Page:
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brain injuries Archives

Brain Injuries: Collaborative research may improve outcomes

The Alzheimer Society says over 564,000 people in Ontario and other provinces and territories in Canada have dementia. Reportedly, Alzheimer's is one of over 1,000 diseases, injuries and disorders that affect the brain. Canadians are said to be leaders among the world's top researchers. They are seeking more information to help them to understand all the intricate workings of the brain as well as the potential disorders and brain injuries that affect it.

Brain injuries suffered 35 years ago still cause hardship

Concussions are a potentially severe health problem. This issue has persisted for decades because even with all the medical and scientific advances, the fact that concussions are brain injuries that could have long-term consequences is often ignored. This misconception has not changed much over the past 30-odd years. The wife of an Ontario man who suffered an undiagnosed brain injury in 1983 explained the family's suffering since then.

Brain injuries: Damage still evident 3 months after concussion

Although youth hockey leagues have established measures to prevent hockey players from returning to the ice too soon after concussions, ongoing research into sports-related brain injuries indicates that existing protocols may not provide enough protection. Doctors at Western University in Ontario say they studied detailed images of the brains of 15-year-old hockey players who had suffered concussions. What they found showed that players were cleared to play while they were still experiencing aftereffects of the brain injuries.

Study reveals many baseline tests for brain injuries are invalid

There is no lack of concern and effort to protect young athletes in Ontario and elsewhere from suffering head trauma during participation in sports activities. Various studies are carried out to find the best ways to prevent brain injuries. Although baseline testing has become a trusted method to prevent athletes from returning too soon after concussions, the results of a recent University of Windsor study indicate that more than half of baseline tests are invalid.

New law aims to prevent brain injuries among Ontario athletes

Pending Royal Assent, schools and coaches will soon have to comply with a new Ontario law that aims to protect athletes from suffering concussions. Rowan's Law will change the safety culture around concussions, which are often not recognized as brain injuries. The law arose from the 2013 death of the 17-year-old rugby player, Rowan Stringer, who suffered a fatal head injury after several prior concussions.

Concern over brain injuries due to repeated concussions

Studies to determine the damage done by head injuries suffered by athletes have mostly been conducted after their deaths. Researchers at McMaster University in Ontario changed that. They studied retired football players for the effects of brain injuries caused by repeated concussions. Their findings followed a significant range of tests and sophisticated scanning of the brains of the subjects.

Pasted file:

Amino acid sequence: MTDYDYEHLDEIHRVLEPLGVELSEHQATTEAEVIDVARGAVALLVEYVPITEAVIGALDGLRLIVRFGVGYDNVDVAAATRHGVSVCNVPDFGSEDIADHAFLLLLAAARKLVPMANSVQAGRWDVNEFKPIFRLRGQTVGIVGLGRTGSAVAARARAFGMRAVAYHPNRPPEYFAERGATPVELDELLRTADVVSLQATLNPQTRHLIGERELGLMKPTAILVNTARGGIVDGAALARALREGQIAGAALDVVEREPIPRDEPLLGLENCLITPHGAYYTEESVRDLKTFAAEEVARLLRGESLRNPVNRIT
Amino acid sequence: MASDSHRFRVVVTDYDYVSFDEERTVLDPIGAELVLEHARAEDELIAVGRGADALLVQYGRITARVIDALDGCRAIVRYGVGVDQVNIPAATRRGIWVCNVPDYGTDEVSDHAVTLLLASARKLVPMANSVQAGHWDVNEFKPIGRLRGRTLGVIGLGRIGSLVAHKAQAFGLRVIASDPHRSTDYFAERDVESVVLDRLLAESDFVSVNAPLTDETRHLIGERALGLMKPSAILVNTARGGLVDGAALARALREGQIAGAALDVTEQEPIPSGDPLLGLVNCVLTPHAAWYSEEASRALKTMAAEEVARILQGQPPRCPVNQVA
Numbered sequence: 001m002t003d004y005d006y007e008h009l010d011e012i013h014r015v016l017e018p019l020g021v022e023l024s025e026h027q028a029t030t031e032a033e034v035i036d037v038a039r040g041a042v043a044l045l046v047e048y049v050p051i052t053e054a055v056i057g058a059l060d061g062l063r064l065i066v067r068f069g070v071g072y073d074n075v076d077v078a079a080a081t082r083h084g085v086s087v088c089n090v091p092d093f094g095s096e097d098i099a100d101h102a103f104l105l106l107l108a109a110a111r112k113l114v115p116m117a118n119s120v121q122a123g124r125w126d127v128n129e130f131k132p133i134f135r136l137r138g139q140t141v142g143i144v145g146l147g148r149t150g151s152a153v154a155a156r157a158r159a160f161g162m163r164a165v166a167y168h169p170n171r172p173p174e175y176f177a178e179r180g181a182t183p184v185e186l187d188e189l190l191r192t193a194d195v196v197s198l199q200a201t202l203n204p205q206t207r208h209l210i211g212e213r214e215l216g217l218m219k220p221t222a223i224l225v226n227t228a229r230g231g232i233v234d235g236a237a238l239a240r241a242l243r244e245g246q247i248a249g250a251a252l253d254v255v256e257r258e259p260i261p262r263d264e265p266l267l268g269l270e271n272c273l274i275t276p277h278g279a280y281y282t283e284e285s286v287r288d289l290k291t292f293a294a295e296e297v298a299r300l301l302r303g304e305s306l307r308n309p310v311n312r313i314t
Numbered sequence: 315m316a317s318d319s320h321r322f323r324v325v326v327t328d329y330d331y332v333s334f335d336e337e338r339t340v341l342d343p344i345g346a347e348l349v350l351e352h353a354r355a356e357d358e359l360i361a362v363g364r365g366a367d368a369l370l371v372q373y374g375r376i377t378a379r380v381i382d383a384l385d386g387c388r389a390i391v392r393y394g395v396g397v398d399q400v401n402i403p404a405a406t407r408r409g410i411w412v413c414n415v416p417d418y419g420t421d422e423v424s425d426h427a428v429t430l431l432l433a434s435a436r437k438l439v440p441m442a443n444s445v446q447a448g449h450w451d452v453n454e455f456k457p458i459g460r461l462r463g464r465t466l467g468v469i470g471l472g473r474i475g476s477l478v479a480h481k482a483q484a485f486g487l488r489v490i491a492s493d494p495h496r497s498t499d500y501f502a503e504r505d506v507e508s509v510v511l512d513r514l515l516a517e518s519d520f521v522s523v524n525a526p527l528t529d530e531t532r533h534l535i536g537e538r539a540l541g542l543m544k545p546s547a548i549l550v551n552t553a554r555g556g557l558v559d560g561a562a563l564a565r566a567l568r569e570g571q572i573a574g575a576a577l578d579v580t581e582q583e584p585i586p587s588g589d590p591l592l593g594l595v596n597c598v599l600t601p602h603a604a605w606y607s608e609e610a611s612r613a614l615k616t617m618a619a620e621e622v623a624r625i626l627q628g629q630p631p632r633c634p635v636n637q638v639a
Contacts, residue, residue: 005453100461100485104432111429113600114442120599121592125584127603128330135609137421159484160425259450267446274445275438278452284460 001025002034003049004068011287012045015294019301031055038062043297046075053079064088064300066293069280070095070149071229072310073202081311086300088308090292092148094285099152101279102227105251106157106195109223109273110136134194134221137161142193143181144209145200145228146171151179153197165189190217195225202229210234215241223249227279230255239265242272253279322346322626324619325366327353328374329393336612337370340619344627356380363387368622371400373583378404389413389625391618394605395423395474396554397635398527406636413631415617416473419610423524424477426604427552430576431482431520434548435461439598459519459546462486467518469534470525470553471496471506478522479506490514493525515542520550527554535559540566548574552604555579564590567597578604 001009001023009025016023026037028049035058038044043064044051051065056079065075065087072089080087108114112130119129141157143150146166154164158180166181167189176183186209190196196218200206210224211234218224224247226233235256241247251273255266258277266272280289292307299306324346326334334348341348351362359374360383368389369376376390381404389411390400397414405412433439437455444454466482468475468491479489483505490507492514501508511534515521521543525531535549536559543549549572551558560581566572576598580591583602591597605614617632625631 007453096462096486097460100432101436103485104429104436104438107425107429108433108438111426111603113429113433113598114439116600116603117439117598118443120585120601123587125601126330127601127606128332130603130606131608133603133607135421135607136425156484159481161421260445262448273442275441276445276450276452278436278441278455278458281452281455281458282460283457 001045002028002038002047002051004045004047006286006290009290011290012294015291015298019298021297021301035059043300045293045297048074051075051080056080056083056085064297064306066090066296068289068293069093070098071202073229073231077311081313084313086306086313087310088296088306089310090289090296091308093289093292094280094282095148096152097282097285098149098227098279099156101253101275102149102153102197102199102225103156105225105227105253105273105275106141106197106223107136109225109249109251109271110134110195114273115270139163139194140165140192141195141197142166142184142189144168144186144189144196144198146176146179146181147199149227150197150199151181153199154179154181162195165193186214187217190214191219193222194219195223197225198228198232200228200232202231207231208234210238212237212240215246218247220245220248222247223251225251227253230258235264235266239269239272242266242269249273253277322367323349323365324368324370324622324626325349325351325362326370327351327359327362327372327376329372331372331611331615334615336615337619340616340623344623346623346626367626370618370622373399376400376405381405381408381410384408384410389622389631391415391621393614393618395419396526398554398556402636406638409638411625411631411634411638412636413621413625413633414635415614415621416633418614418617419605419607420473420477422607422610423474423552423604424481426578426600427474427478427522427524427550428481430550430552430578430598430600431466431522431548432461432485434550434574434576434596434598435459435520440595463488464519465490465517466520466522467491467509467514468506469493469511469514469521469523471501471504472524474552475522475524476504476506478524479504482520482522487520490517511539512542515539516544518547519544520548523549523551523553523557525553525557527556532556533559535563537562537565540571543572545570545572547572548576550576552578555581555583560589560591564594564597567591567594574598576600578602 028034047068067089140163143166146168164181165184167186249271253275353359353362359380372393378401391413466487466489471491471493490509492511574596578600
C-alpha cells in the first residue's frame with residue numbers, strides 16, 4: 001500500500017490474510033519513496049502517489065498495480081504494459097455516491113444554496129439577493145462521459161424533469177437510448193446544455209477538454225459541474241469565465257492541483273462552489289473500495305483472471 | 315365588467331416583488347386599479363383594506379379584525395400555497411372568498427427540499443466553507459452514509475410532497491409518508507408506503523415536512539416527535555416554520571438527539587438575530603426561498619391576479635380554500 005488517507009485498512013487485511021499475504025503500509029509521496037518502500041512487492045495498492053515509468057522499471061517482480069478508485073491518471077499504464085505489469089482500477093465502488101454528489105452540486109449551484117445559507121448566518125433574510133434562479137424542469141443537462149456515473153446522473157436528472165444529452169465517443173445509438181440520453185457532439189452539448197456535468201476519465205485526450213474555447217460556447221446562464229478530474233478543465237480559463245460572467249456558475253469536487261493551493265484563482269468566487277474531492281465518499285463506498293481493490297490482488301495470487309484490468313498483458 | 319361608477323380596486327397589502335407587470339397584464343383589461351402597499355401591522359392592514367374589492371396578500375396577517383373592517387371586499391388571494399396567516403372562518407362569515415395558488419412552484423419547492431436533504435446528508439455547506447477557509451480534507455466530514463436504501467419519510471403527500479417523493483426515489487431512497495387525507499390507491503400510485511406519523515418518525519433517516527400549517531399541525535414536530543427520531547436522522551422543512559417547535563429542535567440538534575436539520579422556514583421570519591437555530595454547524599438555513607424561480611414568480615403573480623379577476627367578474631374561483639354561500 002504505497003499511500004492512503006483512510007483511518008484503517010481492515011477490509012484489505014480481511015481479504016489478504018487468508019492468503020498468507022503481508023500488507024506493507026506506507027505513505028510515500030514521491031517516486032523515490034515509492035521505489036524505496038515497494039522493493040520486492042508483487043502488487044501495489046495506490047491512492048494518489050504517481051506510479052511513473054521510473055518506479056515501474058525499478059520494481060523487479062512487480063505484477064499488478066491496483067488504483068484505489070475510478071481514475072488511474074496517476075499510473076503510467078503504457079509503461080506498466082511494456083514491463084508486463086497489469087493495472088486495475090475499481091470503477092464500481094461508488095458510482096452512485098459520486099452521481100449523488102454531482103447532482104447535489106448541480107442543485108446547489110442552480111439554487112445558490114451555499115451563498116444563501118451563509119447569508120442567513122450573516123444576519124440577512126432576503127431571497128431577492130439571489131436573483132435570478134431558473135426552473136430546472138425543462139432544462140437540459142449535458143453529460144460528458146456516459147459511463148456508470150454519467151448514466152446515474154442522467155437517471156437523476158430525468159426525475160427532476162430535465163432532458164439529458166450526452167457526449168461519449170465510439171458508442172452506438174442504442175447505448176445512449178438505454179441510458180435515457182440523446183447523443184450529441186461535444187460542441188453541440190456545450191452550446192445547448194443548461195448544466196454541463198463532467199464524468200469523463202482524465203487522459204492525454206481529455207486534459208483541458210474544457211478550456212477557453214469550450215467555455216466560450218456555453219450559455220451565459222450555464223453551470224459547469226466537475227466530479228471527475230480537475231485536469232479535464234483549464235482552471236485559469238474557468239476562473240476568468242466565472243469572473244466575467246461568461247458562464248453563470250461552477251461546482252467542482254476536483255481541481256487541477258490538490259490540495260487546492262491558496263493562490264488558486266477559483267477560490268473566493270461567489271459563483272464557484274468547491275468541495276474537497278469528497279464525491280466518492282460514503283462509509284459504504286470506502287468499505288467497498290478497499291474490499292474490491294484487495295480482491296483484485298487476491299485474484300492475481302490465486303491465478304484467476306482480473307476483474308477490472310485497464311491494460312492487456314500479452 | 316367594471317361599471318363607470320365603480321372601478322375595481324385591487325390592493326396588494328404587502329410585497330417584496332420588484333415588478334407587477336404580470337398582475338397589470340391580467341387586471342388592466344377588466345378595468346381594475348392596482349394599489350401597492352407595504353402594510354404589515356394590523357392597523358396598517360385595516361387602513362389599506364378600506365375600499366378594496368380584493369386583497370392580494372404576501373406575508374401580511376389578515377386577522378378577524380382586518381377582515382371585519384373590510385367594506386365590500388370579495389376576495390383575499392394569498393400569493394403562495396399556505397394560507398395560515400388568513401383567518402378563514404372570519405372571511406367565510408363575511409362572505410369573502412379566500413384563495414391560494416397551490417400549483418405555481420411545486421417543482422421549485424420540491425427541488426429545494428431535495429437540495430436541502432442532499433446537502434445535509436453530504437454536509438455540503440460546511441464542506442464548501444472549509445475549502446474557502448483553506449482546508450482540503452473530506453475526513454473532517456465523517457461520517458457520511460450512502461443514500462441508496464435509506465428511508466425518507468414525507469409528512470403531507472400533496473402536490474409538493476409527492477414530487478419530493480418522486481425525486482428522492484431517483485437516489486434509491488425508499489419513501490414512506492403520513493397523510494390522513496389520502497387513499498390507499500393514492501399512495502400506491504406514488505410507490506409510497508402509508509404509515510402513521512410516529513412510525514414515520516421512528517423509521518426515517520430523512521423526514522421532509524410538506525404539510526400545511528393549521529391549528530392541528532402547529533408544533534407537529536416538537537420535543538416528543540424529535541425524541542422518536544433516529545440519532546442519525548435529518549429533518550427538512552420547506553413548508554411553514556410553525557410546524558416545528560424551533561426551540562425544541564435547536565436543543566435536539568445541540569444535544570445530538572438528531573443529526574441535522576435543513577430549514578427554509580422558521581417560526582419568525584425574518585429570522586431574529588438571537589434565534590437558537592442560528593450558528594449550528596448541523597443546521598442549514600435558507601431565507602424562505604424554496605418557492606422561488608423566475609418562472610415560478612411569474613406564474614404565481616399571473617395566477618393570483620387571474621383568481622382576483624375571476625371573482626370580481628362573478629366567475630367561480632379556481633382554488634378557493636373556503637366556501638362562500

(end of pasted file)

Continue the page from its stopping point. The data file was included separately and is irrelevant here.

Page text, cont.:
Brain injuries: Do you know the symptoms of a concussion?

Not all Ontario parents know that a concussion is serious and should not be disregarded. Concussions are mild traumatic brain injuries, but the fact that they are mild does not make them less dangerous. Repeated concussions can cause long-term consequences. Children can suffer these injuries on the playgrounds or sports fields, and although they may have cuts, contusions or bruises, no obvious injuries may be present.

Brain injuries can be challenging for victims and loved ones

There is no organ in the body of any human that is as powerful and complex as the brain. A healthy brain is necessary to think, breathe, interact, move and make decisions throughout every person's daily life. Brain injuries can happen in the blink of an eye -- often causing significant changes to the lives of victims. Reportedly, an estimated half a million traumatic brain injury victims live in Canada, including Ontario.

Brain injuries: Tow truck strikes Hamilton senior in crosswalk

Drivers in Ontario must stop at any crosswalk and wait for pedestrians to complete the crossing and exit the crosswalk before they proceed. While this law is intended to protect pedestrians, accidents that cause traumatic injuries to pedestrians continue to occur. In many cases, these crashes lead to life-changing brain injuries for the victims.

Legal options regarding brain injuries on construction sites

Construction workers in Ontario and elsewhere are exposed to numerous safety hazards, with fall accidents among the most prevalent. For that reason, it is vital for employers in this industry to comply with the safety regulations of both the Ministry of Labour and the Occupational Health and Safety Act. Falls can have catastrophic consequences, including brain injuries and even death.

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